Most happy 77th birthday wishes to one of my all-time favorite Packers, Dave Robinson, today. I had the pleasure of giving Dave some of my custom cards of him a few years back and he was very gracious in speaking with me. He was such a special player that I was delighted when he was elected to the Pro Football Hall of Fame in 2013. Here’s what I wrote about him in Green Bay Gold:
Penn State’s Dave Robinson was the 14th overall pick in the 1963 draft as an end but was shifted to linebacker in Green Bay. After a one-year apprenticeship, Dave moved into the starting lineup at left linebacker and stayed there for the next nine years. He was a four-time All-Pro and three-time Pro Bowl player who competed with San Francisco’s Dave Wilcox and Dallas’ Chuck Howley to be the best strongside linebacker in the game, although it was Robinson who was named to the 1960s All-Decade team.
Dave Hanner once told Cliff Christl, “I know some people think I’m crazy, but if you had to pick between Nitschke and Dave Robinson, I’d take Dave Robinson.” I’m with Hanner; Robinson was the best linebacker in Green Bay in the 1960s. The 6’3” 245-pound Robinson was rangy, fast and powerful. His fellow left side Hall of Famer Willie Davis told the Journal Sentinel, “I would say the greatest thing about him was how physical he was. I can tell you right now, there wasn’t a tight end that didn’t have great respect for Dave.”
From the strong side, he didn’t blitz much, ending up with 19.5 sacks in Green Bay (Webster and Turney), but his most famous play came on an unplanned blitz on the last defensive play of the 1966 NFL title game against Dallas when he forced Don Meredith to toss a pop fly interception in the end zone. Robinson likes to tell the story that he was marked down on that play because he did not follow his defensive assignment, but his improvisation shows boldness and intelligence in that he saw the Cowboys mistakenly lined up split end Bob Hayes at tight end, changing the situation considerably.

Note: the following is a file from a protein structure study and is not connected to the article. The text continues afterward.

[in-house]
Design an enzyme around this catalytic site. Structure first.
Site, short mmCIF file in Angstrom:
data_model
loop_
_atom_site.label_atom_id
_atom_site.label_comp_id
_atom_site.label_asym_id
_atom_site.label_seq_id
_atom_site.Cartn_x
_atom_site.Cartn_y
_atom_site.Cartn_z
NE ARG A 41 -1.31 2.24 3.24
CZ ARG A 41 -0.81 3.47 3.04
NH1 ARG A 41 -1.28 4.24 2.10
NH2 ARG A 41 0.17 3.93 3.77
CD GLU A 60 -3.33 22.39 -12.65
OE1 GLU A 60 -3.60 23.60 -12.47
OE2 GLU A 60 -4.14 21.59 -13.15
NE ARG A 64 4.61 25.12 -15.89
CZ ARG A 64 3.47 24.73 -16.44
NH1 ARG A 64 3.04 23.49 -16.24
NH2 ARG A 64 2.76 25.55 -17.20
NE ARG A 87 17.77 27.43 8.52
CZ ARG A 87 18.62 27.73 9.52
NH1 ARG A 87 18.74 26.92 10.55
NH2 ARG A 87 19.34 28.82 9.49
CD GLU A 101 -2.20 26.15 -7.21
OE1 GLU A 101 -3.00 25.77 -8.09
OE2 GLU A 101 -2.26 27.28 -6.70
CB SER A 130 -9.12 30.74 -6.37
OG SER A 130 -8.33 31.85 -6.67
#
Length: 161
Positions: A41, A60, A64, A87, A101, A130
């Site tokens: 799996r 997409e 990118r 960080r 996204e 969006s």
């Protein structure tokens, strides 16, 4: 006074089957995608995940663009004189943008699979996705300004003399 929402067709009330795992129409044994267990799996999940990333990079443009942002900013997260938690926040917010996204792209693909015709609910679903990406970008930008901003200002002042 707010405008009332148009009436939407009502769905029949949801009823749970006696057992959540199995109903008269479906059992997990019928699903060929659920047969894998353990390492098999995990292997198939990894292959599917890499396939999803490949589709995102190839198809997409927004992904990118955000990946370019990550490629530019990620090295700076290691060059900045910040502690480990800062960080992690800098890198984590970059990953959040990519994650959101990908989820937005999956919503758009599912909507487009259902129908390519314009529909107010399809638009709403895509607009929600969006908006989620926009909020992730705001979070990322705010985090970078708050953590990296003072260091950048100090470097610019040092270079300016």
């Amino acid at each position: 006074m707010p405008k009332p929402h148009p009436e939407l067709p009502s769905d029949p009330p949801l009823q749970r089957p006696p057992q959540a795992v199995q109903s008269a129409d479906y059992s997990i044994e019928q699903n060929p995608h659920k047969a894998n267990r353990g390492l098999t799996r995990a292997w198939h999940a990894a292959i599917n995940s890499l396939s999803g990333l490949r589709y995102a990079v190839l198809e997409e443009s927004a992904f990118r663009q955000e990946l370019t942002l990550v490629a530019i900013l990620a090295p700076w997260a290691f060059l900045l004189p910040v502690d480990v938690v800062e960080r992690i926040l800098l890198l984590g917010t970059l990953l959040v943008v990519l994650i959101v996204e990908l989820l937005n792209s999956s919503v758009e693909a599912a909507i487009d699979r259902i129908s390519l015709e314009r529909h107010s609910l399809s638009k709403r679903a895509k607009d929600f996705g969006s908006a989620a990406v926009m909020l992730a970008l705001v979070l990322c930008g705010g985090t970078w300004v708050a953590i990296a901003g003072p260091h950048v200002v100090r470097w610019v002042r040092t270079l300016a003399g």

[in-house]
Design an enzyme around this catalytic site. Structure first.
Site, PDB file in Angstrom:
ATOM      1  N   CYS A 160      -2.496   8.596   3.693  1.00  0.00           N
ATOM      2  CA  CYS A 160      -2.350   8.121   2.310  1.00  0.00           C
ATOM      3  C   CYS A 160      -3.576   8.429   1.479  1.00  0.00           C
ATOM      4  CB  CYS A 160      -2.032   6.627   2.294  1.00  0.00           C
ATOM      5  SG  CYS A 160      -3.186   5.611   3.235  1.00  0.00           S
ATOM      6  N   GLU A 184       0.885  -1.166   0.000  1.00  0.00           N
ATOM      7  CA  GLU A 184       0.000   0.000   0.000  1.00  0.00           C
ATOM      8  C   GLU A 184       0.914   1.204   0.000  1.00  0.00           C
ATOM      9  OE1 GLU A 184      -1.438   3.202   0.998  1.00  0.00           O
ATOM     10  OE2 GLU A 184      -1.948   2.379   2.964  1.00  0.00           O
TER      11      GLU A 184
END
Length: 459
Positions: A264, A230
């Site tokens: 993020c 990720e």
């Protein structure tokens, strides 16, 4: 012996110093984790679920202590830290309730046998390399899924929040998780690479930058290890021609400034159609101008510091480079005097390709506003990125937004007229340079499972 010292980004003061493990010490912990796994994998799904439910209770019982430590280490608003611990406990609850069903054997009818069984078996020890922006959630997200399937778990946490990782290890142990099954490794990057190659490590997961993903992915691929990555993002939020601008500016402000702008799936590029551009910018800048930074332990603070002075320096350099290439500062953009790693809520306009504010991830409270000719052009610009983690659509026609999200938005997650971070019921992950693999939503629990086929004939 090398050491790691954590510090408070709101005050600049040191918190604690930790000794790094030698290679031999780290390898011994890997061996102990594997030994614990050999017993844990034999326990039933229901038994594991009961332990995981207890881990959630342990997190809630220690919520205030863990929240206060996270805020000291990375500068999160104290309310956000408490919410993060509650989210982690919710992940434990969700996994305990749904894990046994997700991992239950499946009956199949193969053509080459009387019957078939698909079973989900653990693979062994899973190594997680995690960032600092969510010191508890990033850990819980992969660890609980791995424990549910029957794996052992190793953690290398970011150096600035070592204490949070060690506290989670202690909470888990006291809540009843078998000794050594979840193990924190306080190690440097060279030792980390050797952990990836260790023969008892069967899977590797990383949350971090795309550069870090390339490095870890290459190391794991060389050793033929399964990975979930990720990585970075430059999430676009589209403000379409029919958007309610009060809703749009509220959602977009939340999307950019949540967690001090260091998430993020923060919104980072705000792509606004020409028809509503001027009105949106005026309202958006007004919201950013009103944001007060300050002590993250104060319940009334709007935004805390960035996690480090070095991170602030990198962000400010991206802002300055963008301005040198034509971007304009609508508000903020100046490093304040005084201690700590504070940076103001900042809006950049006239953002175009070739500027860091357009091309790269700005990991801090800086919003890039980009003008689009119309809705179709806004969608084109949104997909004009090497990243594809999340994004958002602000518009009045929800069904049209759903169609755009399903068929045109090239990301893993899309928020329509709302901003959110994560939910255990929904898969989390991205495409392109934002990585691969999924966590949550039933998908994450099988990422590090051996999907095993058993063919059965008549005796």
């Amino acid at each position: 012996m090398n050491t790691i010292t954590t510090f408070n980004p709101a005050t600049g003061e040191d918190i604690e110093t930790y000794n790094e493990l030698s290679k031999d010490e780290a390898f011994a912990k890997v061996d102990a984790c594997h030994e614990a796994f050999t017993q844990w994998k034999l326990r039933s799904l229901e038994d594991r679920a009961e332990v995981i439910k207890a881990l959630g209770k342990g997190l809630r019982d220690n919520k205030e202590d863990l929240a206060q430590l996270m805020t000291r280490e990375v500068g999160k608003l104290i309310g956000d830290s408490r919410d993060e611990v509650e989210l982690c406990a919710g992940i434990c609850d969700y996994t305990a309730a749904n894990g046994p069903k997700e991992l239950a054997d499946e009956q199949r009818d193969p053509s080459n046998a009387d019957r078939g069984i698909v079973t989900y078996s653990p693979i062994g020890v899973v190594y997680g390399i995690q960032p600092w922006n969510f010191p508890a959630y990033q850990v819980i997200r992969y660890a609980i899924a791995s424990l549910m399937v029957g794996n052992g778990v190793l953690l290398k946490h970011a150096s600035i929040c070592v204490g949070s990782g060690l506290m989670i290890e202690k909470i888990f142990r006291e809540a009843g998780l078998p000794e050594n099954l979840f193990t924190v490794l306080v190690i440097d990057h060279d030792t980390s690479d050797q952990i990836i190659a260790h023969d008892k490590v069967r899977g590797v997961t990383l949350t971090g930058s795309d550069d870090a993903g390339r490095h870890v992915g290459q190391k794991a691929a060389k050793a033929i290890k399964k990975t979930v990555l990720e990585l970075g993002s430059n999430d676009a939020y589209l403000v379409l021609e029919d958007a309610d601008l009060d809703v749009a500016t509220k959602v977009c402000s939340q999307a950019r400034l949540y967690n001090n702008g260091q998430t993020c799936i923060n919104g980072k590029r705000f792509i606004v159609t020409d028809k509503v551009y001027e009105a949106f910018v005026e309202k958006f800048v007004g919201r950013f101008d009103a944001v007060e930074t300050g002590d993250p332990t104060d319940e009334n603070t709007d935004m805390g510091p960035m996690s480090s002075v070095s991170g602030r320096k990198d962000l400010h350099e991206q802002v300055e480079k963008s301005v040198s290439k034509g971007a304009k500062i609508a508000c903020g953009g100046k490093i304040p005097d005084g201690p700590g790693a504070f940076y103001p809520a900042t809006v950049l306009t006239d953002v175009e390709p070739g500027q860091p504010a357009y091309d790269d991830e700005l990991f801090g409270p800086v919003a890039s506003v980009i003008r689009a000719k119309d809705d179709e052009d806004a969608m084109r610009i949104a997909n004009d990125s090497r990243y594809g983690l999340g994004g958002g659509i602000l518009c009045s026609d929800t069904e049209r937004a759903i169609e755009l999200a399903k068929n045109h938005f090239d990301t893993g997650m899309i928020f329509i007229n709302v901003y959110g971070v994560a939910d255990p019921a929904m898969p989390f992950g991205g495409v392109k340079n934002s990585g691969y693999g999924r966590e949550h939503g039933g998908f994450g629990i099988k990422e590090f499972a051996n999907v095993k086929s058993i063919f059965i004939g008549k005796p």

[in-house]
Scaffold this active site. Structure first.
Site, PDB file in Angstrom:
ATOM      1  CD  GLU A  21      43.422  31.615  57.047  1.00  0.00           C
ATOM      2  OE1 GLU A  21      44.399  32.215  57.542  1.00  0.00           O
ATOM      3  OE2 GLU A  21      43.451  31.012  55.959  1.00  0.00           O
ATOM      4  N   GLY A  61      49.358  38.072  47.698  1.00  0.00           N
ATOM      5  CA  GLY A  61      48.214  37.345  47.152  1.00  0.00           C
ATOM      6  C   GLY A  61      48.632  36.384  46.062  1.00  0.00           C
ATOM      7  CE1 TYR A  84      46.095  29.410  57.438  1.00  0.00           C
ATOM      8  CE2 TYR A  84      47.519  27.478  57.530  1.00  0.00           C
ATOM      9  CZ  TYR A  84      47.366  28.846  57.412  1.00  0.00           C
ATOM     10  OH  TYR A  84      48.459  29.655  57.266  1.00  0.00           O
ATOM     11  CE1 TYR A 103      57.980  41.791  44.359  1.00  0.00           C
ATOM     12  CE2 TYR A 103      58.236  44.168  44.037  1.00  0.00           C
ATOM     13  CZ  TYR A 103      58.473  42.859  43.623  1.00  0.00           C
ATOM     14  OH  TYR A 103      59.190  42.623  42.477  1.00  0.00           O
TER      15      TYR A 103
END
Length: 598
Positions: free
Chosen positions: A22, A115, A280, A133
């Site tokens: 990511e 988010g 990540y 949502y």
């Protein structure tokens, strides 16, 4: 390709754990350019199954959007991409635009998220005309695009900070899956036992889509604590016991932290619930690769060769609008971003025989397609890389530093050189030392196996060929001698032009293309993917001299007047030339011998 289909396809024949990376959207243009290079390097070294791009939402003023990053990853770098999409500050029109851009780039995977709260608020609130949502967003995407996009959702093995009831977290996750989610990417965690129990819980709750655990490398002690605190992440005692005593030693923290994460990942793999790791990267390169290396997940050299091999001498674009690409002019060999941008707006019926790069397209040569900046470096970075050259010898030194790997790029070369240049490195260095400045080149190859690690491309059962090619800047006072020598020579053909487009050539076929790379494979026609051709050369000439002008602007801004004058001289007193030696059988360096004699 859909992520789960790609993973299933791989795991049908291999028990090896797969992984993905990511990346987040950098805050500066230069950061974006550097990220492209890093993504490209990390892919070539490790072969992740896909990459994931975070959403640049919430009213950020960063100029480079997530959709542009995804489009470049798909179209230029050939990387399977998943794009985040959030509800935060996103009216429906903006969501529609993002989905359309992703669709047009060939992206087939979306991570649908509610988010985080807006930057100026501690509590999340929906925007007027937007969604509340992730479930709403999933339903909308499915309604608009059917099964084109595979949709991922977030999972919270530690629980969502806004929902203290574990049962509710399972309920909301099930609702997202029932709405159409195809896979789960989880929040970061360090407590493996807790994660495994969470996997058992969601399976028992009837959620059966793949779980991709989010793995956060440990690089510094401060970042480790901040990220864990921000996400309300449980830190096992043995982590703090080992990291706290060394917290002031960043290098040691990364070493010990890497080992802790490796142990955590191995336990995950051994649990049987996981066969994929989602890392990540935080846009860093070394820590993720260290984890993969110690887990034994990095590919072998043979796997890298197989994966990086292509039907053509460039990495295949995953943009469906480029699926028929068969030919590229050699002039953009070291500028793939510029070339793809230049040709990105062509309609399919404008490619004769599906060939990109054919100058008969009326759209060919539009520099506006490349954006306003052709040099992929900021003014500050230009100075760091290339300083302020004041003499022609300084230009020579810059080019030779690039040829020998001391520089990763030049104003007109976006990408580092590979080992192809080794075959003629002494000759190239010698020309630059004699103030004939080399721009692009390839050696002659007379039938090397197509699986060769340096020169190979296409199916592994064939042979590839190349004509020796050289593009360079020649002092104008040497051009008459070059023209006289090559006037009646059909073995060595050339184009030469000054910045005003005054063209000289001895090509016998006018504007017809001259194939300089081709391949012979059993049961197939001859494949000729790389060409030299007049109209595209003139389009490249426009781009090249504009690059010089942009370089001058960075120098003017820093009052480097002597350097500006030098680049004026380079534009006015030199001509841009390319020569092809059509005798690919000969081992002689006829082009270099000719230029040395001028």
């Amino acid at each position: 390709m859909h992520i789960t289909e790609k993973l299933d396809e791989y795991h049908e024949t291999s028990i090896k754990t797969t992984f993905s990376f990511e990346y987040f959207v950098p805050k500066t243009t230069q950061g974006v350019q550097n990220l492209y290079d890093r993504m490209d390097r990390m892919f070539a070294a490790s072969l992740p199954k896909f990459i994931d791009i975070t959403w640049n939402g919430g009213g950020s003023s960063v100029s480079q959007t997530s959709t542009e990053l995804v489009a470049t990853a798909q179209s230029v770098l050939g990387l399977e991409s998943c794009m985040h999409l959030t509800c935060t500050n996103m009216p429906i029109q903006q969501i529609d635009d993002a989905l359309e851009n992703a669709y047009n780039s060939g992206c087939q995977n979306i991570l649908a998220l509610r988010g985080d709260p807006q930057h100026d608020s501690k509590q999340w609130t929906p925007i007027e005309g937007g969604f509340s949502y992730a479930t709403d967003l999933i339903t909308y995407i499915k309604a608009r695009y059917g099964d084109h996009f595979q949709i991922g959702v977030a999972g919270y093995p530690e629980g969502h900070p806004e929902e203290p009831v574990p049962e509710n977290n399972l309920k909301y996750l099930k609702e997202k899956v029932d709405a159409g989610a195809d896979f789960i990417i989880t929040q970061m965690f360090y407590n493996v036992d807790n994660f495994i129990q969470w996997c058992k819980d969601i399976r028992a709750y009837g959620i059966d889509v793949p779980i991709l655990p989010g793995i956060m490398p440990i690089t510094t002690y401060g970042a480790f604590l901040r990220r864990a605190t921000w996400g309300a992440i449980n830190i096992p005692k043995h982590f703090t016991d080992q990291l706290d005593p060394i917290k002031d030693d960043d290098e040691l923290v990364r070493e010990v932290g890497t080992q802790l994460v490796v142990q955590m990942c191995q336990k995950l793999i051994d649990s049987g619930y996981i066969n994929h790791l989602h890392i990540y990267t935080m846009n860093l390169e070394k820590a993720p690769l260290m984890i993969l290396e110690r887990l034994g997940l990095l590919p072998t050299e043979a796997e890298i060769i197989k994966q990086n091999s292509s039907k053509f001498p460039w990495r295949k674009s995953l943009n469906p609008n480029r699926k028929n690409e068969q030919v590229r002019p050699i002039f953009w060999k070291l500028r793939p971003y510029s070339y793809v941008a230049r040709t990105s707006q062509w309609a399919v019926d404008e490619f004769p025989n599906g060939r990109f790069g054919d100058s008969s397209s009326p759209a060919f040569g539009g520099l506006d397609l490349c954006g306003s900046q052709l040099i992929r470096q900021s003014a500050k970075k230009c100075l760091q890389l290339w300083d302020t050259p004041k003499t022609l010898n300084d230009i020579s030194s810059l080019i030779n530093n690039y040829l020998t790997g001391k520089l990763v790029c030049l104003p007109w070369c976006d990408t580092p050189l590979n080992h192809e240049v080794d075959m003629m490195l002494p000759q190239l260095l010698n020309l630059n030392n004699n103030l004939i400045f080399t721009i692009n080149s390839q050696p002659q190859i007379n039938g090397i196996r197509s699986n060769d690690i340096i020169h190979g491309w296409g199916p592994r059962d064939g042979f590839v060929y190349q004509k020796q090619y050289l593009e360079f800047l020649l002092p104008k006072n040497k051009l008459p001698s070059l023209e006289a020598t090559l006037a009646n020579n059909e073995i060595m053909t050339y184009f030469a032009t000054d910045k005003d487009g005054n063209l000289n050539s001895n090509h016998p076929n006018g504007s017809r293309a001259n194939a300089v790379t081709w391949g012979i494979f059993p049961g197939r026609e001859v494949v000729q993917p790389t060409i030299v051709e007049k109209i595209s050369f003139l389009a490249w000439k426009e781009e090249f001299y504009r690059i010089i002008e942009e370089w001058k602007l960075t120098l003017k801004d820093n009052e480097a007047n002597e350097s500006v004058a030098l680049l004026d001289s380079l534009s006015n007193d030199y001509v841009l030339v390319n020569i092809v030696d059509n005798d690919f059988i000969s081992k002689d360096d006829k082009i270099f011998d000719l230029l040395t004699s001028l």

Robinson was tough at the point of attack, exceptionally quick and agile and able to ward off blockers, but his best features were his speed and depth in pass defense. My personal favorite Robinson play came at the end of the first half of a Packers-Colts showdown in Baltimore in the next-to-last game of 1965. The Packers were leading 14-13 when Colts backup quarterback Gary Cuozzo tried a swing pass from the Packers two-yard line. Robinson leaped, tipped the ball to himself and returned it 87 yards to the Colt 10. The Packers scored a quick touchdown to close the half up 21-13 rather than down 20-14. That crucial 14-point swing at the close of the half enabled them to go on to win easily 42-27.
Robinson went down with an Achilles injury in 1970, but returned in 1971 under new coach Dan Devine. Dave since has maintained that Devine was the worst coach for whom he ever played. He retired after the 1972 division championship season and told the Milwaukee Sentinel in 1988, “I played here for ten years, then Dan Devine ran me out of town.” Robinson also was unhappy with Devine removing him when the team shifted to the nickel defense, since pass defense was always a strength and source of pride for Dave. Although Robinson announced his retirement in the offseason, Devine traded him to Washington for a second round draft choice. Redskin coach George Allen persuaded Robinson to return in 1973. Just like Dan Currie, Dave replaced Jack Pardee for two years under George Allen and then retired.
First 2 and last custom cards are coloroized.